I've now played through two random battles and I've not yet reached any stunning conclusions about the nature of the game. I like how the board setup is like the synopsis of a comic book "The infernal emissary Apostate is up to some dastardly scheme and his arch-enemy, Fanatic, along with her allies - Unity, Nightmist, and the Argent Adept, confront him in the ruins of Atlantis, and fight his demonic hordes."
It's pretty cool. It's also a strength that originated in the tabletop game. Another great thing about the game that originated in the tabletop version is the diversity and creativity of the hero decks. Nightmist is a high-risk deck that trades character life for card advantage, Unity is tricky to set up, but when she gets going, her bots can put out massive damage, The Argent Adept is a great support character who makes the whole team more powerful, and Fanatic is an incredible tank that can absorb punishment and then get more powerful the closer she is to the edge.
I'm having a lot of fun, though I can't help but wonder if Sentinels of the Multiverse has any virtues specific to its video game incarnation. In single-player mode, you have to control 3-5 decks at a time, and I can't decide whether this is a good or bad thing. Because the game is turned-based, I don't mind the extra complexity. However, I worry that I may not be playing the individual decks optimally, simply because the portion of my head devoted to strategic planning is getting split 3-5 ways. Though, perhaps I'm overthinking it. I've won all of my games so far (though the specific example I mentioned in this post was a real squeaker), so perhaps relentless optimization is not strictly necessary.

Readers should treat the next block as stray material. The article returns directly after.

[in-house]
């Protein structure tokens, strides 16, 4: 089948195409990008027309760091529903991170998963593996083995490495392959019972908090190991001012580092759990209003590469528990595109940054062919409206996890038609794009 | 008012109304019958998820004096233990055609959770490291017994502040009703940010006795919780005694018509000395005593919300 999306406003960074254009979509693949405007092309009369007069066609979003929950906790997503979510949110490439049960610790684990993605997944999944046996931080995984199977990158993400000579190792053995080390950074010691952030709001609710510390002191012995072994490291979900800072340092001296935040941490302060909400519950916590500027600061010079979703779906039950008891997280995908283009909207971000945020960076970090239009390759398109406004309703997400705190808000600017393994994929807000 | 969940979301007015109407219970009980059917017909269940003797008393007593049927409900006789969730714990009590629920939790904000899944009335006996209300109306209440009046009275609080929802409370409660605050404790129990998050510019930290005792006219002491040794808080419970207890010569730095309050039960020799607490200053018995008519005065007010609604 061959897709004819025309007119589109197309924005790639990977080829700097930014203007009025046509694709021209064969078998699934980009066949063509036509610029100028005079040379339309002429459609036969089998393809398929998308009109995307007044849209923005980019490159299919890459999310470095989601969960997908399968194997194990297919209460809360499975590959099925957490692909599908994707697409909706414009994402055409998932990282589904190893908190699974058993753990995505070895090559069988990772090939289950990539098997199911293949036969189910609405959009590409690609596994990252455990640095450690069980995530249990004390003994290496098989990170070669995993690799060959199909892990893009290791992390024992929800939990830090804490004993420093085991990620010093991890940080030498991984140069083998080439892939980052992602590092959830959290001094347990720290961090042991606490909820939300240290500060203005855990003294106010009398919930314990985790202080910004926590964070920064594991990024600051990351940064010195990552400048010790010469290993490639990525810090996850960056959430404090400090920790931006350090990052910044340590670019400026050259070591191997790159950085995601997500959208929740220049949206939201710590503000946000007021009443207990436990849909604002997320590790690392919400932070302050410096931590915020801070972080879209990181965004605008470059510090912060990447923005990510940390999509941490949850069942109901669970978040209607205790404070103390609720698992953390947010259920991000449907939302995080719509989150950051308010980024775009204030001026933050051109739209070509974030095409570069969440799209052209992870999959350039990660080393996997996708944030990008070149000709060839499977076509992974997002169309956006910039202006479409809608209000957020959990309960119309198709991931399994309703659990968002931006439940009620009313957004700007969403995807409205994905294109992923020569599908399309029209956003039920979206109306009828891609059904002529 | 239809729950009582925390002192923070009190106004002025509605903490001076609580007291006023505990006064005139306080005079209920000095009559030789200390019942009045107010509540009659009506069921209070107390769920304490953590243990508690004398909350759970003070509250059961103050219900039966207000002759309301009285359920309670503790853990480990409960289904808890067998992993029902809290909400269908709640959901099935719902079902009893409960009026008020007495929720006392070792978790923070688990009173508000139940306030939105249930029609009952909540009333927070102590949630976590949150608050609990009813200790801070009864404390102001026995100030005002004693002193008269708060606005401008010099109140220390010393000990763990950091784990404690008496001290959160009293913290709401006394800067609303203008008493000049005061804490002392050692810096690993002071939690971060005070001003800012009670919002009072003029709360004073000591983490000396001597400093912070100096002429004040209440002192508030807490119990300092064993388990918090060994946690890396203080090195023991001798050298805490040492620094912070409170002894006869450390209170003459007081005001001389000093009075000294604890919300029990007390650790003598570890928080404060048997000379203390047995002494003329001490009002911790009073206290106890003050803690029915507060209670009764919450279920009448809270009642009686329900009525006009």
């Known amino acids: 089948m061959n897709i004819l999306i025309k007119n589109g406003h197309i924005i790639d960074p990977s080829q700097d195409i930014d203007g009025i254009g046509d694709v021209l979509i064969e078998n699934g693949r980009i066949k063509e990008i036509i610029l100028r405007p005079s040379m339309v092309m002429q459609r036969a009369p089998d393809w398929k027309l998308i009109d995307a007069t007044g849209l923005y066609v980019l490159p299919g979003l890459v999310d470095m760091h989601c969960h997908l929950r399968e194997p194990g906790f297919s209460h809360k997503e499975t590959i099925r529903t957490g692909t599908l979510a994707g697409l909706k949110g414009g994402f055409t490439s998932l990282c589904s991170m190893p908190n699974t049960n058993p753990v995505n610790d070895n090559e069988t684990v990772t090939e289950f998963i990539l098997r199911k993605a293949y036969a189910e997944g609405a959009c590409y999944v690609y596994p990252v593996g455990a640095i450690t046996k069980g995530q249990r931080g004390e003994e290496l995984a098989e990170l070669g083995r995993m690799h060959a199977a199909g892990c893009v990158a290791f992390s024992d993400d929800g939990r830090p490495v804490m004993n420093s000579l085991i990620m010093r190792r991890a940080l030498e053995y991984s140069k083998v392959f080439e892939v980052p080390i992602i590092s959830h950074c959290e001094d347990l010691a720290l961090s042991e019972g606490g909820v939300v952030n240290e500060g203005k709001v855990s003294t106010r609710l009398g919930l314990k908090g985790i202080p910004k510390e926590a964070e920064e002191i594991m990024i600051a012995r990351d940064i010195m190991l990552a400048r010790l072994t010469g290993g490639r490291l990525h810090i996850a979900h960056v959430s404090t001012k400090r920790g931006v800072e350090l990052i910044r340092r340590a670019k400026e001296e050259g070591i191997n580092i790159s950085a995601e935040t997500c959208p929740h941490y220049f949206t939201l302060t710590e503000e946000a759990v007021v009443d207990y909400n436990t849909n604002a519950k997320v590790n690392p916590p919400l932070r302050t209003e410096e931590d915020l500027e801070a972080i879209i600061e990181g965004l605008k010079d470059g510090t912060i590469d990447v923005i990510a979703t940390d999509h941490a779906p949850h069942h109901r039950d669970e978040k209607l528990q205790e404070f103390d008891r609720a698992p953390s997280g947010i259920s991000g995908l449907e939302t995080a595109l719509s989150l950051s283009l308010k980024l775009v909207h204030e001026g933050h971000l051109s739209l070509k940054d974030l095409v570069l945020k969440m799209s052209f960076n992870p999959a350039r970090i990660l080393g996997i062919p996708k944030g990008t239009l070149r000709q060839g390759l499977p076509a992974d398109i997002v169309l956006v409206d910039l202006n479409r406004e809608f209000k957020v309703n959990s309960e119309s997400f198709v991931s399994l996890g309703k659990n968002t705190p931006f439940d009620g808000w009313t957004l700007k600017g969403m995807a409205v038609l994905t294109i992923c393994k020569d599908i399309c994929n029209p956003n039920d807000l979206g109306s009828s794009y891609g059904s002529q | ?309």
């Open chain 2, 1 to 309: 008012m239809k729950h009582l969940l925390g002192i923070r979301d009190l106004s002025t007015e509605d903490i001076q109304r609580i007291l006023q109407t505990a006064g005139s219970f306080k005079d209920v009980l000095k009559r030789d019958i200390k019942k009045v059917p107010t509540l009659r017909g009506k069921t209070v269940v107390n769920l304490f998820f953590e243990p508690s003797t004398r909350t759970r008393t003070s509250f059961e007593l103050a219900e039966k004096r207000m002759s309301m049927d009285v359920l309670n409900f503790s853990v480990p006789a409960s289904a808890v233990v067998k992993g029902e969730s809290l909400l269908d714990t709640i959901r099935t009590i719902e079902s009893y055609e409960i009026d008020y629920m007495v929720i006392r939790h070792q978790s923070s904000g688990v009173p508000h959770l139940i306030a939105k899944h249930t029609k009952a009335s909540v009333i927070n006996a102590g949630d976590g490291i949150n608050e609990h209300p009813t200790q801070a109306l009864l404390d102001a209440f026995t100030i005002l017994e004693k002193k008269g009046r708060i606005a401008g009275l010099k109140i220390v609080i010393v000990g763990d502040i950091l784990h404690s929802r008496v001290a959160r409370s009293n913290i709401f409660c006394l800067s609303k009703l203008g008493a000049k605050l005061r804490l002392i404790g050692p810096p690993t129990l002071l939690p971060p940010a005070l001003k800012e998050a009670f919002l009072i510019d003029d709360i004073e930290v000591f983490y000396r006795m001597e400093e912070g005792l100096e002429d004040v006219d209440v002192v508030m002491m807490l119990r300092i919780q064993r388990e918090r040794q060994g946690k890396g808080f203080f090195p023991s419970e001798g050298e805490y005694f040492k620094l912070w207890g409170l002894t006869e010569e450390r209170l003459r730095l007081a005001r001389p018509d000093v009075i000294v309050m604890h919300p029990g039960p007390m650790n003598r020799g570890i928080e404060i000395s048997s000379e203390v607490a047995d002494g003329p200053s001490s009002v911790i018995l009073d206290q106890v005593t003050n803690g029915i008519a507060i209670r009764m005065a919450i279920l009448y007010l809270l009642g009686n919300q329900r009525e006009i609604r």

What I need going forward is a plan to brace with the game's material. There are 14 villains, 16 heroes, and 10 environments. That's roughly 70,000 game setups with 3 person teams, and roughly 600,000 game setups with 5 person teams. How should I deal with the sheer combinatorial diversity?
Well, for one thing, it's likely that many of these combinations are only trivially different. How much, really, would my previous game have differed if my fourth hero was The Scholar instead of Nightmist (who I've noticed have similar card-drawing focus)? It wouldn't have played out exactly the same, but I doubt it would have felt like a dramatic change.
So, I guess the first thing to do is try and systematically test each of the hero and villain decks. What I'll do is pick an easy villain deck and play four games against it, with four 4-person hero teams, divided alphabetically. Then, I'll assemble my favorite team of heroes, and try to play all 14 bosses. All of this will be done in the simplest environment, and then when I complete that, I'll take my favorite hero vs boss match-up and try it out in all nine remaining environments.
By that time, I should be at or near the 20 hour deadline. In fact, given the speed with which I've played my games so far, these 37 games should take me to nearly double my normal playtime. Perhaps I'll only do the first part of the experiment, and then take on random setups afterwards. It's not systematic, granted, but I also wouldn't be stuck on a track.
I'll need some time to think about it. Luckily, it should take hours just to get through all 16 heroes.